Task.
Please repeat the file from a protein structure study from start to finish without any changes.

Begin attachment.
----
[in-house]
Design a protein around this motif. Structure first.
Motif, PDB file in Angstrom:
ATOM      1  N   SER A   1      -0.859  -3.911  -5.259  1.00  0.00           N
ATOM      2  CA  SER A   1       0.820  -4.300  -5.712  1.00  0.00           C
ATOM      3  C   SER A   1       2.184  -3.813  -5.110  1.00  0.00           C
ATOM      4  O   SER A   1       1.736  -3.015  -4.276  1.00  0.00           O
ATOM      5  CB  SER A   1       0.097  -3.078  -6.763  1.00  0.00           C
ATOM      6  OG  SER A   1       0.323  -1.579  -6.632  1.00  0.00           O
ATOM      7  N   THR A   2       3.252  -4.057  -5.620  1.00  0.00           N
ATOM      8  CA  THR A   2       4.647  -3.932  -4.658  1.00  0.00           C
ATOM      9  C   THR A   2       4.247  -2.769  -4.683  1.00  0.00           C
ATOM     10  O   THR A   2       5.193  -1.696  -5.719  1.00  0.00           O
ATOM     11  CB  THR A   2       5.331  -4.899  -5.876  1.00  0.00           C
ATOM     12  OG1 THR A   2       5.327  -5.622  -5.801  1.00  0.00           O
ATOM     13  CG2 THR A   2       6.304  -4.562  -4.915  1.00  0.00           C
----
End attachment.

[in-house]
Design a protein around this motif. Structure first.
Motif, PDB file in Angstrom:
ATOM      1  N   SER A   1      -0.859  -3.911  -5.259  1.00  0.00           N
ATOM      2  CA  SER A   1       0.820  -4.300  -5.712  1.00  0.00           C
ATOM      3  C   SER A   1       2.184  -3.813  -5.110  1.00  0.00           C
ATOM      4  O   SER A   1       1.736  -3.015  -4.276  1.00  0.00           O
ATOM      5  CB  SER A   1       0.097  -3.078  -6.763  1.00  0.00           C
ATOM      6  OG  SER A   1       0.323  -1.579  -6.632  1.00  0.00           O
ATOM      7  N   THR A   2       3.252  -4.057  -5.620  1.00  0.00           N
ATOM      8  CA  THR A   2       4.647  -3.932  -4.658  1.00  0.00           C
ATOM      9  C   THR A   2       4.247  -2.769  -4.683  1.00  0.00           C
ATOM     10  O   THR A   2       5.193  -1.696  -5.719  1.00  0.00           O
ATOM     11  CB  THR A   2       5.331  -4.899  -5.876  1.00  0.00           C
ATOM     12  OG1 THR A   2       5.327  -5.622  -5.801  1.00  0.00           O
ATOM     13  CG2 THR A   2       6.304  -4.562  -4.915  1.00  0.00           C